What do you think of when you hear the word “budget?”
According to two recent studies, only 40 percent of Americans live on a monthly budget, and only 37 percent of us have more than $500 in the bank for emergencies. So, for many of us, the word is likely a little intimidating—or something we’d rather avoid. In reality, the majority of us aren’t too familiar with our expenses, and we’re generally unprepared for financial hiccups.
But creating (and maintaining) a budget is a major step toward designing the lifestyle and careers we deserve. Whether it’s paying rent, employing staff or investing in professional development, a budget numerically represents our interests, passions and necessities. By examining our expenses, we can better understand our habits, figure out where to cut back, determine if we’re on the right career path, prepare for potential financial downturns and create lifestyles that better mirror our values.
A few weeks ago, I sat in on a budgeting workshop led by Amanda DeWoody, a money coach based in Austin, Texas. Here are five takeaways from her talk on designing (and sticking to) a budget that aligns with your goals.
1.) A budget is simply a record of your income and expenditures.
You don’t have to have a degree in finance to become an expert in budgeting. At the end of the day, a budget—good or bad—is simply an estimate of revenue and costs for a set period of time. So, sit down and write out what you spend and what you make without judgment.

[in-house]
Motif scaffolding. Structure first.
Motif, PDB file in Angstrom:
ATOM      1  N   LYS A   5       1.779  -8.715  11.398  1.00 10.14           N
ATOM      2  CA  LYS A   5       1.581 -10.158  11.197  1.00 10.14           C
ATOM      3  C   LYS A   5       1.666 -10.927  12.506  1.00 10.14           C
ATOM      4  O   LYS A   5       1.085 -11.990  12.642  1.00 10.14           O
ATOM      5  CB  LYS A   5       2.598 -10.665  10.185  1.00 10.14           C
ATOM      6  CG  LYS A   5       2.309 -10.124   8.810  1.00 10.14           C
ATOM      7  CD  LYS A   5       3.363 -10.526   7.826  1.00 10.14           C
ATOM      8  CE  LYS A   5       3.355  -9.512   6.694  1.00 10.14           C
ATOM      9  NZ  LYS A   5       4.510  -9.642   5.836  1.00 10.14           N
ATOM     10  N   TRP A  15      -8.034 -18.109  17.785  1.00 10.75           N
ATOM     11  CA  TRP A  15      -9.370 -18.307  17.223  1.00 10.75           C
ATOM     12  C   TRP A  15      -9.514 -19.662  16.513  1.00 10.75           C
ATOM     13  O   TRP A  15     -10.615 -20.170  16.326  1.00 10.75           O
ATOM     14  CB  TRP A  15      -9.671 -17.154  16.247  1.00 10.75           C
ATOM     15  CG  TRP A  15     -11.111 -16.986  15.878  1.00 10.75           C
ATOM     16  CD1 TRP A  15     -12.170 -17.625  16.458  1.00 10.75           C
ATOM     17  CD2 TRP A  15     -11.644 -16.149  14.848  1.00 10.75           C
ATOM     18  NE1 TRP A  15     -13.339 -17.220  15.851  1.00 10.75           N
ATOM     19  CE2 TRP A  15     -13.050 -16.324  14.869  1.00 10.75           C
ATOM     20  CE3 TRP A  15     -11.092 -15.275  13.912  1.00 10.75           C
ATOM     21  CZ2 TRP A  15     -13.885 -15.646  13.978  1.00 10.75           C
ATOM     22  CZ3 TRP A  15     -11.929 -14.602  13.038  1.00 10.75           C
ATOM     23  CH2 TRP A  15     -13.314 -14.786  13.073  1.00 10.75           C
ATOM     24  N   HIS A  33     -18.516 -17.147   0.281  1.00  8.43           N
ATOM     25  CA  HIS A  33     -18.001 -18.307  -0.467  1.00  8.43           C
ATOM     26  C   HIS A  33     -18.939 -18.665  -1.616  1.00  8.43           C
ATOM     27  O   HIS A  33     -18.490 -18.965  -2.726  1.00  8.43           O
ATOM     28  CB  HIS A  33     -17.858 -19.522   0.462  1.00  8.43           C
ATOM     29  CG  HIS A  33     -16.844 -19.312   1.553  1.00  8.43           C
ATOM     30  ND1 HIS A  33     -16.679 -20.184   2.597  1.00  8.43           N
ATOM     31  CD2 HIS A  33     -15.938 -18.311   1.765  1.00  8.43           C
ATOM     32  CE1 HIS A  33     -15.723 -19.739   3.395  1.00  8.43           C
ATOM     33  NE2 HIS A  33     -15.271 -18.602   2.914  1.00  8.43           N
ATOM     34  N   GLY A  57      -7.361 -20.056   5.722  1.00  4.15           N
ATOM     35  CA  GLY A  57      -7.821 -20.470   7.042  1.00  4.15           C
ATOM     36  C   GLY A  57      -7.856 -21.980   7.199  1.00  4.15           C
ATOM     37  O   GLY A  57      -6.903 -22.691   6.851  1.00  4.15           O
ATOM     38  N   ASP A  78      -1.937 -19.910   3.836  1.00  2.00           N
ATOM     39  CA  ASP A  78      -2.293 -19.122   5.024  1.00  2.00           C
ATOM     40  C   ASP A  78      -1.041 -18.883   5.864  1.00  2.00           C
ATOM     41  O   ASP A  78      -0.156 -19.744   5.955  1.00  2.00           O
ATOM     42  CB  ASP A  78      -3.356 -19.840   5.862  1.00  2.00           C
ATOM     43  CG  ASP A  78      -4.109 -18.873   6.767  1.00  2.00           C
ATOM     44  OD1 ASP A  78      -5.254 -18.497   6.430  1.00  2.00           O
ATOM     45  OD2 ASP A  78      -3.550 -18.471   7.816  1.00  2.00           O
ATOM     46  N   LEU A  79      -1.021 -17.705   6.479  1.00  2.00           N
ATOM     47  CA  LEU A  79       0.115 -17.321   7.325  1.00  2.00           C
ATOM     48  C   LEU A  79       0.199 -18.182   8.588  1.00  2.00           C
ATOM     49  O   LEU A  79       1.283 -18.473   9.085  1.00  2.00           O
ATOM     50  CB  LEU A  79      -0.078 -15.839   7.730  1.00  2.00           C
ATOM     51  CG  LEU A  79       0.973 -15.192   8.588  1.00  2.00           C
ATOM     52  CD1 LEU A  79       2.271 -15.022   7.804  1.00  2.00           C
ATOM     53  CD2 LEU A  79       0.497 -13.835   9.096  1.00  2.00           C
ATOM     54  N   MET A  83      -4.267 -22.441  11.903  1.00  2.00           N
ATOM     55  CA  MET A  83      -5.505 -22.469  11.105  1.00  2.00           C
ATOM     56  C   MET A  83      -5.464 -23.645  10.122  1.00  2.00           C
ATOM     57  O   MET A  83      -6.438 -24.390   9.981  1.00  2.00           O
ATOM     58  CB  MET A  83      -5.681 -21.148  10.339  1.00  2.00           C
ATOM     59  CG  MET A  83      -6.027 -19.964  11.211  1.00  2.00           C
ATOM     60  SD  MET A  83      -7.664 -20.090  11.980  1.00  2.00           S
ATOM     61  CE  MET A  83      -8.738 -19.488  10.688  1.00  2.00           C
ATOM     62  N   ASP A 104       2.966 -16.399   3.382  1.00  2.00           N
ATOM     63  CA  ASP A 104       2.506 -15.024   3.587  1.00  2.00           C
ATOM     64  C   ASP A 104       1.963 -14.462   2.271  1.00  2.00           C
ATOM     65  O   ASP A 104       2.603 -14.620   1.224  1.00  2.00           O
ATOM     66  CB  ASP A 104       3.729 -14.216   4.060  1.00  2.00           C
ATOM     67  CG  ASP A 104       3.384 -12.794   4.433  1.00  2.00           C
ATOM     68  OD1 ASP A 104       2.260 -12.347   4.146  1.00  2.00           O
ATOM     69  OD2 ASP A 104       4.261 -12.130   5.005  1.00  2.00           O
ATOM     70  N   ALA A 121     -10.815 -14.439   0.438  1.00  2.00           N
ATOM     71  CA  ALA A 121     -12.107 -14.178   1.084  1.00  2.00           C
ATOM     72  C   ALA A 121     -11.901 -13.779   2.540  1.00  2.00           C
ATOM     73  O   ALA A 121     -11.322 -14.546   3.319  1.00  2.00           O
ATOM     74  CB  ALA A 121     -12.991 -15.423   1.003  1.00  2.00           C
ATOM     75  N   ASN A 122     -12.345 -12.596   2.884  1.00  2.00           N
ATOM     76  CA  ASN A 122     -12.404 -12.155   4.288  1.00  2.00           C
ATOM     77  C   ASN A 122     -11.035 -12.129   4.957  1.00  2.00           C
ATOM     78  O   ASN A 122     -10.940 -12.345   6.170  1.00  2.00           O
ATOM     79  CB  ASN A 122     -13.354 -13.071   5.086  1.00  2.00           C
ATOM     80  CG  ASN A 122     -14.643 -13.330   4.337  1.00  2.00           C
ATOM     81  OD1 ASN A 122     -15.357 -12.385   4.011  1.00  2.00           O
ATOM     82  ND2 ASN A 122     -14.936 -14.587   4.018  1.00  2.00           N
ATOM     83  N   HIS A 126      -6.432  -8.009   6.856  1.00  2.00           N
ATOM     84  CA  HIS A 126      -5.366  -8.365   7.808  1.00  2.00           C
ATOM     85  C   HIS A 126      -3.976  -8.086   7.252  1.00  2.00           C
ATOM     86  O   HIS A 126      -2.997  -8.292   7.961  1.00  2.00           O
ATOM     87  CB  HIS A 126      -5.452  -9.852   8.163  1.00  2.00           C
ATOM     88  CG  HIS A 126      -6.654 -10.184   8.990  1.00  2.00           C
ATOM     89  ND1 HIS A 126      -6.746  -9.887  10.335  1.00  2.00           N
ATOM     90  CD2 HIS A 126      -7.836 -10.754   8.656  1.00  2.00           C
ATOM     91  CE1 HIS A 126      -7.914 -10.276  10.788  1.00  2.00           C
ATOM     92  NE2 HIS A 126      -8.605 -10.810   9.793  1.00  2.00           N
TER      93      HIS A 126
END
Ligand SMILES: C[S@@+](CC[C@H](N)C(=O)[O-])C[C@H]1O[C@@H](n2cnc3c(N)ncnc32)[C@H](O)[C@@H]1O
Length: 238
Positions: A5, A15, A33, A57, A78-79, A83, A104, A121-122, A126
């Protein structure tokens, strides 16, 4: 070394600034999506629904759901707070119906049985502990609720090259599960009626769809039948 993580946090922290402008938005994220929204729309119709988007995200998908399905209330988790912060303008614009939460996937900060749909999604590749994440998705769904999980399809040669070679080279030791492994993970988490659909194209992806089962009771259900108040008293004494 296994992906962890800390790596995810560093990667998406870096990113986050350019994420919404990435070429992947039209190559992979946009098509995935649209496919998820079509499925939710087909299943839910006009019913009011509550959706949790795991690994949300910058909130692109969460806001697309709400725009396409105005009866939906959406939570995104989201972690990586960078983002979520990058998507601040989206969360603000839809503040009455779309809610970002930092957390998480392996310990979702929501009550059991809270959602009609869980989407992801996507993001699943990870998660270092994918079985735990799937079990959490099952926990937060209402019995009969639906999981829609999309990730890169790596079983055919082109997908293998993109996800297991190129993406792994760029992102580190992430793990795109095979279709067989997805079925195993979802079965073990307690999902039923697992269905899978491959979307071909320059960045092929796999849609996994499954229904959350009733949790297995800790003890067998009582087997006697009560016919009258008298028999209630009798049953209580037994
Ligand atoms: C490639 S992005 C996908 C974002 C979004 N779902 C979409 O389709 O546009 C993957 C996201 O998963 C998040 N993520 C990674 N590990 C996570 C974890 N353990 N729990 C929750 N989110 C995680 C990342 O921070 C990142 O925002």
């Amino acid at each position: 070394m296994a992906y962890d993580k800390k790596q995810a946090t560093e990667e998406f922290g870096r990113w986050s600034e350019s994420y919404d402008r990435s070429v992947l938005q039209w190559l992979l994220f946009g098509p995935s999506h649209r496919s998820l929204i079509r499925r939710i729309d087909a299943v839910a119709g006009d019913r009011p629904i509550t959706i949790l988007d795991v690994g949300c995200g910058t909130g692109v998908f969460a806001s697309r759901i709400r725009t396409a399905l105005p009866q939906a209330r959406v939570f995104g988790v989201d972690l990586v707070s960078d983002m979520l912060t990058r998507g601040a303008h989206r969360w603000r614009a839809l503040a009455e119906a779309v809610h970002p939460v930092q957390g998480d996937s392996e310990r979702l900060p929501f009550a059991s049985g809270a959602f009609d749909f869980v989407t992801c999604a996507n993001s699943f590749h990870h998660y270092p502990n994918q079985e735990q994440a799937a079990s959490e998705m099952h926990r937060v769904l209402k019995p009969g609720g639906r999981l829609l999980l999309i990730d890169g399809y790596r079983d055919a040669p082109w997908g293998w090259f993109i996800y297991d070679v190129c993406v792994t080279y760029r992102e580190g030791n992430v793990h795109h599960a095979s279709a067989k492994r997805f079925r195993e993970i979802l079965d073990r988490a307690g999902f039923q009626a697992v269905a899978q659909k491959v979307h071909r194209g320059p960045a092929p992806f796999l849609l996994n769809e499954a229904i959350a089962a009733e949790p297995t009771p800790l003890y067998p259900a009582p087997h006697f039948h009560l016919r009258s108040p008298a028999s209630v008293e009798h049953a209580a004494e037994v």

2.) Identify your personal, professional and financial goals.
If you’ve never formally recorded your income and expenses, figuring out what to slash and keep from your budget might be a hard task. To set yourself up for success, you can start by identifying a few of your goals. Write them down and map out some of the personal, professional and financial things you’d like to accomplish over the next few months (or even years). This will help you determine what kind of budget will work best for your desired lifestyle and career path.
3.) Consistently document your expenses.
With your goals in mind, you’ll also need to become more familiar with your expenses. Study your spending habits, get in the habit of writing them down. You’ll begin to notice patterns and start to question whether you truly value the purchases you make.
4.) Remember that what you spend is what you value.
Once you’ve got a handle on your expenses, determine where your budget does not reflect your ambitions and aspirations. This will help you make necessary cutbacks and create more financial room for things, experiences and opportunities that will get you where you want to go.
5.) Get comfortable holding yourself accountable and learning as you go.
Oftentimes, auditing our budgets can be a tough wake-up call. Moreover, when it’s time to make major financial decisions about what we spend, save and invest, the options, jargon and risks can be overwhelming. So, ease into the discomfort with a little research. Ask questions. Schedule time with experts. Read online blogs and books about personal and professional finances. Like any subject, financial literacy is something we learn—not something we’re born with.